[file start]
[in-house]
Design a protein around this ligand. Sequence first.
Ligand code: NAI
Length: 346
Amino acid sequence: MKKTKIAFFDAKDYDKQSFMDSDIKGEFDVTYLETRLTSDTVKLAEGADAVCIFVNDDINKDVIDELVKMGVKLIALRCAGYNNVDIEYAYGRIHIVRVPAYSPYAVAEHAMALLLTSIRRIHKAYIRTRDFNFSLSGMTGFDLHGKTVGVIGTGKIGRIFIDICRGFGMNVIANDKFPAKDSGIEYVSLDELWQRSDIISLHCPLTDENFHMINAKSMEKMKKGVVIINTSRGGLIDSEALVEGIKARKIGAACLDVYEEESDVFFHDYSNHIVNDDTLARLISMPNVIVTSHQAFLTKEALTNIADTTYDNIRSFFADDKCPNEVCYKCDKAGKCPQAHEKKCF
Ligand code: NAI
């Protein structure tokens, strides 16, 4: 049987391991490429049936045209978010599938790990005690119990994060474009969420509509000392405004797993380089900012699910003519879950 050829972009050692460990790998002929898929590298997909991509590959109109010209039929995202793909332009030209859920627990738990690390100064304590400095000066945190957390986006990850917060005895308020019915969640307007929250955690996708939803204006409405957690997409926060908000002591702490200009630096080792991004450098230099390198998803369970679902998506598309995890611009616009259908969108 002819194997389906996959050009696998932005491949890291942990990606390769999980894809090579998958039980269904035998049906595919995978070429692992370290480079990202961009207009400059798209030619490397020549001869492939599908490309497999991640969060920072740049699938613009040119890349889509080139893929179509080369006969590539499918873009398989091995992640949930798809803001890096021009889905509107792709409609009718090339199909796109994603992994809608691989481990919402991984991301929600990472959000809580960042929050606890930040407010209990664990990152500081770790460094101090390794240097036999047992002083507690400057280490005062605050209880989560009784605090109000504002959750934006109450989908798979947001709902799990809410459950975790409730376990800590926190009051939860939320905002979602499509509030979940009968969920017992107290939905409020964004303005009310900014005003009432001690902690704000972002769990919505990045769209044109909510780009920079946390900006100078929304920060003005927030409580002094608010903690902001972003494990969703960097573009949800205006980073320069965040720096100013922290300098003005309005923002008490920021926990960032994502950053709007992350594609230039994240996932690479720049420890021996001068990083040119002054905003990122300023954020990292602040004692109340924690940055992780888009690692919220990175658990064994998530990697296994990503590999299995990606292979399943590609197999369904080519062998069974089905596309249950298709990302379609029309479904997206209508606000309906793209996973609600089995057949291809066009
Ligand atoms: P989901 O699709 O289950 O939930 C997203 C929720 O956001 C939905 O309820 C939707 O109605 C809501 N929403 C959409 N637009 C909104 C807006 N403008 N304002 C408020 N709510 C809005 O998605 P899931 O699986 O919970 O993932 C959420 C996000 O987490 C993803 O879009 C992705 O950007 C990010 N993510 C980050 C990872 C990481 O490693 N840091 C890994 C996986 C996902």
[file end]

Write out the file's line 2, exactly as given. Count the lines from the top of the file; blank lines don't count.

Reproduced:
Design a protein around this ligand. Sequence first.